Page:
Development of Novel Lightweight High-Temperature Materials
Sheng Guo. From: Chalmers University of Technology, to: Dalian University of Technology, China.
Reducing the density for high-temperature alloys, or superalloys, is of critical importance for the aerospace and marine industry, as lighter superalloys can greatly improve the fuel efficiency. The search for lightweight superalloys has however been restricted by the existing physical metallurgy strategies based on one or two principal elements. Additionally, the latest generations of superalloys incorporate expensive alloying metals to improve the strength. Lowering the cost of superalloys is another challenge. Addressing these two longstanding challenging issues, this project aims to develop low-density and cost-effective superalloys based on the ground-breaking alloying strategy, i.e., the concept of high-entropy alloys, or multi-principal-element alloys. The successful implementation of the proposed research will lead to the development of novel lighter and cheaper superalloys, with a huge application potential in aerospace and marine industries in Sweden.
This project aims to develop novel lightweight high-temperature materials, which has a significant impact in improving the fuel efficiency for the aerospace and marine industry, through joint research collaboration between Chalmers University of Technology in Sweden and Dalian University of Technology in China. The content of the proposal relates to at least two research and innovation intensive areas prioritized by Region Västra Götaland and funded through the MoRE programme: Materials Science and Energy, and also relates to Sustainable Transport Solutions, Marine Environment and the Marine Sector and Sustainable Production. The project will help the applicant from Chalmers to establish himself as a leader in his research field, to strengthen the research competiveness on high temperature materials at Chalmers, and also to establish international alliances between Region Västra Götaland and key partners in China.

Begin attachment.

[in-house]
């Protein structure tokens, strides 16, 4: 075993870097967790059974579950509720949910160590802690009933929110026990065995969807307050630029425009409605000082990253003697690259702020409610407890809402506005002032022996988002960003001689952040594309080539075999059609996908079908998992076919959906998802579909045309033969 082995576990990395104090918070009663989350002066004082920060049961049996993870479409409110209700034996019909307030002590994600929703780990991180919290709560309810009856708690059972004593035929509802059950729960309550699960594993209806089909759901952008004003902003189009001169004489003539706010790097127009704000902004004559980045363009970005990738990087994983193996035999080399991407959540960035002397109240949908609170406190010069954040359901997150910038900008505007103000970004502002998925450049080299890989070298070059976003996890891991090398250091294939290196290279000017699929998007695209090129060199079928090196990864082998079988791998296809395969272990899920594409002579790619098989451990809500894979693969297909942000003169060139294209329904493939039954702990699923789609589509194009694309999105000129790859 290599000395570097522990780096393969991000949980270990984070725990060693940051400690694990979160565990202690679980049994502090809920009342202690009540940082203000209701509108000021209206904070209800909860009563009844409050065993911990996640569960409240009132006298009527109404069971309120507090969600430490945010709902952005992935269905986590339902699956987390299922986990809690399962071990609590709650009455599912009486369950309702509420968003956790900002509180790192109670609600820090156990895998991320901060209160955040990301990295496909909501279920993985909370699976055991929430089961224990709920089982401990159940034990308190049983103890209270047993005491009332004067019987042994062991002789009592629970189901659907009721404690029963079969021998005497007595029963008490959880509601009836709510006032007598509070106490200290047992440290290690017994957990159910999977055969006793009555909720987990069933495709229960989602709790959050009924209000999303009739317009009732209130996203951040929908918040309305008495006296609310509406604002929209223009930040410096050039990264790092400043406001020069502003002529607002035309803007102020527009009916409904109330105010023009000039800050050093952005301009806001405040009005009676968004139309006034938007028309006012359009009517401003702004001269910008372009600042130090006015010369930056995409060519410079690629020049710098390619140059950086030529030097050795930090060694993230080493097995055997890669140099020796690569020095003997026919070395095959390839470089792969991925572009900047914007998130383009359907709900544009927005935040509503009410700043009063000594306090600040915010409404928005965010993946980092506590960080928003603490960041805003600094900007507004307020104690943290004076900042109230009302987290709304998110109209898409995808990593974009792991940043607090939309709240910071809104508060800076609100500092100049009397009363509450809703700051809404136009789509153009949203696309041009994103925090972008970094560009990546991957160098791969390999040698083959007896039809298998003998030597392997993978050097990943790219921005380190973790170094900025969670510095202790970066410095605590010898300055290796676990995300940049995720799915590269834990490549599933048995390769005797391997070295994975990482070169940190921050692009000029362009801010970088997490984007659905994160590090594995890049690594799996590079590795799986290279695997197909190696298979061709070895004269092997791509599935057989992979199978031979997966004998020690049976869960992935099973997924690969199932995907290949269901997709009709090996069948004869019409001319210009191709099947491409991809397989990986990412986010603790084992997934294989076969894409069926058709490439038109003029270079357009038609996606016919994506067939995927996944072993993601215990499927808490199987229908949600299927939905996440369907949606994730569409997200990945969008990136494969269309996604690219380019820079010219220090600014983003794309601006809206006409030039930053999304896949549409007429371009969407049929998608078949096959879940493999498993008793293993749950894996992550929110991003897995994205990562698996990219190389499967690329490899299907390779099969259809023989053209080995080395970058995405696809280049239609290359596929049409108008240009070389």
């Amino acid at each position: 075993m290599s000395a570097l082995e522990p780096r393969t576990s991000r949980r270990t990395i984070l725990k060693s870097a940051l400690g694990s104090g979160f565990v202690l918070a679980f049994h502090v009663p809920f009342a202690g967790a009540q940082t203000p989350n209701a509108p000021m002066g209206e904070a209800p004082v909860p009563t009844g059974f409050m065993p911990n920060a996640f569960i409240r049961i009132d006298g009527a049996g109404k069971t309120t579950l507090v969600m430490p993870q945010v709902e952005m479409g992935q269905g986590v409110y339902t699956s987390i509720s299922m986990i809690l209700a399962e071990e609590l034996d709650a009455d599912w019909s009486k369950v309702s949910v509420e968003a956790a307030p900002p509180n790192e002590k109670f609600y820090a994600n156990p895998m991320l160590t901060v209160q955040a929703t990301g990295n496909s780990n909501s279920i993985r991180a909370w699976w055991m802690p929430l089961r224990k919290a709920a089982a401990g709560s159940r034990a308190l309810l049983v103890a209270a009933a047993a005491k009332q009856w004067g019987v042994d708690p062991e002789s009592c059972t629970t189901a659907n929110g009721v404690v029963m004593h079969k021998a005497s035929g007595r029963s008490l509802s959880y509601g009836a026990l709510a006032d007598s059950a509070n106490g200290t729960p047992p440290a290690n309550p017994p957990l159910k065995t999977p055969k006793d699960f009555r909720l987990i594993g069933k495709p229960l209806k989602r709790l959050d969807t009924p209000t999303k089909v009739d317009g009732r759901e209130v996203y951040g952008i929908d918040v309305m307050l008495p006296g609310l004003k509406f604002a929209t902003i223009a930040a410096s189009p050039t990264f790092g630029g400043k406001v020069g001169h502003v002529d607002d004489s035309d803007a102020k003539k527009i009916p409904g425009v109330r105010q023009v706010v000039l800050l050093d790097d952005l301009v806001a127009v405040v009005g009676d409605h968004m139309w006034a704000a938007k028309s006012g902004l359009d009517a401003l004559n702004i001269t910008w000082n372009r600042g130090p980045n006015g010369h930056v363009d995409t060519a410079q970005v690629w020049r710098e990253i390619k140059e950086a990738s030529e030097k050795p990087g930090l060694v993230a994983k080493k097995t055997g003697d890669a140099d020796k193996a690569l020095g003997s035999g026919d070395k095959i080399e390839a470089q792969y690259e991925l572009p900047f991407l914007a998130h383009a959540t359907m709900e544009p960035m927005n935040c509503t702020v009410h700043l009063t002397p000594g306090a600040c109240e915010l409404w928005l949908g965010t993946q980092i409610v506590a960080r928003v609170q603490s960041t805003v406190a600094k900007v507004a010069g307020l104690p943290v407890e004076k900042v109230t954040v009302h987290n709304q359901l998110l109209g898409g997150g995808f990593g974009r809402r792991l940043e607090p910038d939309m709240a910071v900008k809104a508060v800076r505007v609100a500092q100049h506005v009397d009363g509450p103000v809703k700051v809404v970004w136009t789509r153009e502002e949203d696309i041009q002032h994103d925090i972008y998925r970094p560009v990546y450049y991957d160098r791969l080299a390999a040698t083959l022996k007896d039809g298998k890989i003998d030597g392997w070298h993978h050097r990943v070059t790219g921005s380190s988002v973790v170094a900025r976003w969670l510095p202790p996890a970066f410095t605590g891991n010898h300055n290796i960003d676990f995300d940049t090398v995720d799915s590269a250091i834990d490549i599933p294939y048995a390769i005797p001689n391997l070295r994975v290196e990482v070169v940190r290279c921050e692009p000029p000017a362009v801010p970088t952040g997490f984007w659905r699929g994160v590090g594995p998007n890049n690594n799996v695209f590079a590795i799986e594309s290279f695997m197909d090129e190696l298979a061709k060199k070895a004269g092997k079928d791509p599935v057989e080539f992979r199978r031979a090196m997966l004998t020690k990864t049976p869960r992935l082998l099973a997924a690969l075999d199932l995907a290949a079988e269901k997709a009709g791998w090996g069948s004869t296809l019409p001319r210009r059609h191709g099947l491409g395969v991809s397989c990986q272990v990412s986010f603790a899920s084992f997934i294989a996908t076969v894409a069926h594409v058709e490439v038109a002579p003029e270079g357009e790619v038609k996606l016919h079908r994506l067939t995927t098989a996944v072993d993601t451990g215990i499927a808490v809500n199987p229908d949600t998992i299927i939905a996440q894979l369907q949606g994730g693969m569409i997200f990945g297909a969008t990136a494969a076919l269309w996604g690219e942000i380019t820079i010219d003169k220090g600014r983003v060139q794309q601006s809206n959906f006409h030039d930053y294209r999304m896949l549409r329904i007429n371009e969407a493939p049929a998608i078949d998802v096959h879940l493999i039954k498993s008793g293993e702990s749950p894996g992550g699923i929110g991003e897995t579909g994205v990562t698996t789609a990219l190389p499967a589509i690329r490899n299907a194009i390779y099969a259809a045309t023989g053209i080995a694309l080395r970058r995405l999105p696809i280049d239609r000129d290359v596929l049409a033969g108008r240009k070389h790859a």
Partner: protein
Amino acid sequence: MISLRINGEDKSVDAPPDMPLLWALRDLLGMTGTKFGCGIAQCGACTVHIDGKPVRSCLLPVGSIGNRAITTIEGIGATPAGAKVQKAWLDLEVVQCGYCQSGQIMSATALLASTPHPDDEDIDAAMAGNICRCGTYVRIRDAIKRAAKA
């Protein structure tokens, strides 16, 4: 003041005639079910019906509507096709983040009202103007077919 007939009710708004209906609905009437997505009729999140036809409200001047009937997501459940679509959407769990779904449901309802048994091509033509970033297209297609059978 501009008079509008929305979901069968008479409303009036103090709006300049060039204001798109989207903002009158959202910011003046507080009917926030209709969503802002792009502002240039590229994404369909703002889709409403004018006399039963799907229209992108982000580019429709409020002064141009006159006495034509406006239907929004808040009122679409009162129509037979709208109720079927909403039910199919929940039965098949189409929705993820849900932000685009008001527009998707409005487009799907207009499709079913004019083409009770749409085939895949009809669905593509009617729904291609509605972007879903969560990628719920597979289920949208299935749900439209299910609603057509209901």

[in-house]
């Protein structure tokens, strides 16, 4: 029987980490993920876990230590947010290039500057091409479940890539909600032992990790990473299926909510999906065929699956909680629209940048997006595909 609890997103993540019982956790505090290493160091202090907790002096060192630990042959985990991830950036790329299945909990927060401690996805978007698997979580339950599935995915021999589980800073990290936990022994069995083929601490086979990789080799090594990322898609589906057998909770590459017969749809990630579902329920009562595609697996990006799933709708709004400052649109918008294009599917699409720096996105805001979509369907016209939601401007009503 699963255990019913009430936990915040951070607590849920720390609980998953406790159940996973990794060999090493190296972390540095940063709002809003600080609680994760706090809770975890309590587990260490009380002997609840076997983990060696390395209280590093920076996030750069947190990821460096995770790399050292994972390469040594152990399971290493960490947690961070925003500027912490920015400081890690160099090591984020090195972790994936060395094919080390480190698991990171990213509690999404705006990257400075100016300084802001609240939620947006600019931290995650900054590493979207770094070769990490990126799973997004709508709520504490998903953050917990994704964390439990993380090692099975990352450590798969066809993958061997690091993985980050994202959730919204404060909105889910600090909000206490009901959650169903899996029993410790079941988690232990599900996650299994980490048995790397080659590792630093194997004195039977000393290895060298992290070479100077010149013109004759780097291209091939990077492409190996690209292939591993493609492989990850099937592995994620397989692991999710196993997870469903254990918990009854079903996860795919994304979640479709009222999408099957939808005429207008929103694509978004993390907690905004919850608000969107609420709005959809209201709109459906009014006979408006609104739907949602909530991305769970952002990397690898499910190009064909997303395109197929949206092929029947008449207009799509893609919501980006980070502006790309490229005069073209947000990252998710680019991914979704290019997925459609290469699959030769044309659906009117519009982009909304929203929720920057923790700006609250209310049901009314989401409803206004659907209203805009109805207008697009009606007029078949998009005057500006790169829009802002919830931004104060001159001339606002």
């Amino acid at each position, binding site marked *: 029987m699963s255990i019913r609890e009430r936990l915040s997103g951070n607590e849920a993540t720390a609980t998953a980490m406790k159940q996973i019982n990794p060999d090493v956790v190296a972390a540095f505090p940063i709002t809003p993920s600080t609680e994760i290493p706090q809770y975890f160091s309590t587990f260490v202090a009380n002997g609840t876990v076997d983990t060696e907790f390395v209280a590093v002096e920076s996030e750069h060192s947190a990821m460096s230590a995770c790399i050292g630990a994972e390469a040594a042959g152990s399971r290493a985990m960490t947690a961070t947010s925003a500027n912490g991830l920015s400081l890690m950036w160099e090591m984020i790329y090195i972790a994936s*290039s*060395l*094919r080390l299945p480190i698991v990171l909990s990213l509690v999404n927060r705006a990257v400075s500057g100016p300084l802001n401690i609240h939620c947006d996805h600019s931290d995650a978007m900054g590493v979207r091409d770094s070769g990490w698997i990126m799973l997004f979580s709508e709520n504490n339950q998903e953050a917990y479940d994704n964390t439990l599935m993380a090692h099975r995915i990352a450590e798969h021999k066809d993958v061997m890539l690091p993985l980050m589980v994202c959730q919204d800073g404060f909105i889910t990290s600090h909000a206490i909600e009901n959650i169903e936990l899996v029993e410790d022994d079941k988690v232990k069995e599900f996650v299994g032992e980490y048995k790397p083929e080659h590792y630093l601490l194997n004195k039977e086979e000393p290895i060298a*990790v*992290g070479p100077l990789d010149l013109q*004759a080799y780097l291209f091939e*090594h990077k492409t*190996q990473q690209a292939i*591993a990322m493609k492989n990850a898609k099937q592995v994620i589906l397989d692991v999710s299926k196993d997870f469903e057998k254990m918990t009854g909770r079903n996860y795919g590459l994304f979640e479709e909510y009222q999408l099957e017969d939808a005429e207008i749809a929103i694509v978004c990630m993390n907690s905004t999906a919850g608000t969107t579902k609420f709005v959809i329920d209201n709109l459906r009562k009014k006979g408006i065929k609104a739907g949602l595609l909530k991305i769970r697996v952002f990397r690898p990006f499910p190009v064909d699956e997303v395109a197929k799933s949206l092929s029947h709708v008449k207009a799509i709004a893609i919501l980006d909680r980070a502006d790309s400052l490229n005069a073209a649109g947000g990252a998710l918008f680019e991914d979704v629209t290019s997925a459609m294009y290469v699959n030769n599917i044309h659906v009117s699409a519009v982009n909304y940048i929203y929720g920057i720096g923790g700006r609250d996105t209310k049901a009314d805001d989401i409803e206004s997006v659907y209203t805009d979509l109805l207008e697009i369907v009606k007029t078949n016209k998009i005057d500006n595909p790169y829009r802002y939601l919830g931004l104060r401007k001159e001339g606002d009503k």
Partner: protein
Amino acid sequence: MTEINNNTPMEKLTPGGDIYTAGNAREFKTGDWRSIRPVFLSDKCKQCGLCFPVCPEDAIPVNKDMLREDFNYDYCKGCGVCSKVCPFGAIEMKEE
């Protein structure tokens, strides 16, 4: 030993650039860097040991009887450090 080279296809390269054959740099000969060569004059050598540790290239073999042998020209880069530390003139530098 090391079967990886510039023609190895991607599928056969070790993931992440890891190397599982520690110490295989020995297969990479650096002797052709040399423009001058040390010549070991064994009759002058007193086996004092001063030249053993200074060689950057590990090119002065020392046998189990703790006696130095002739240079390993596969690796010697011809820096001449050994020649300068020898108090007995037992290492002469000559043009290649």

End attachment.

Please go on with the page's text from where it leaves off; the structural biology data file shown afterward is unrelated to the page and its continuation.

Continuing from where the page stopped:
Summary of Project Results
The reduction of density for superalloys is of significant importance for the aerospace industry. As superalloys are typically used in turbine blades of aircraft engines, low-density superalloys not only enable a lighter engine and therefore less noise, fuel burn and emissions on take-off for aero-engines, but also reduce the centrifugal forces and stresses experienced by rotating components, allowing faster core speeds. Mass densities of turbine blades also exert a significant effect on the overall weight of aircraft. For a given aircraft, a reduction in the density of turbine blades enables design reductions in the weight of other parts throughout the turbine rotor, including the disk, hub, and shaft, as well as supporting structures in the engine. The resulting total reduction in weight can be 8 to 10 times that of the reduction in weight of the turbine blades. Apart from the aerospace industry, the newly developed HEAs have the potential to be used in marine vessels, automotive vehicles, trains or other engineering fields where the requirements for high-temperature mechanical properties are critical.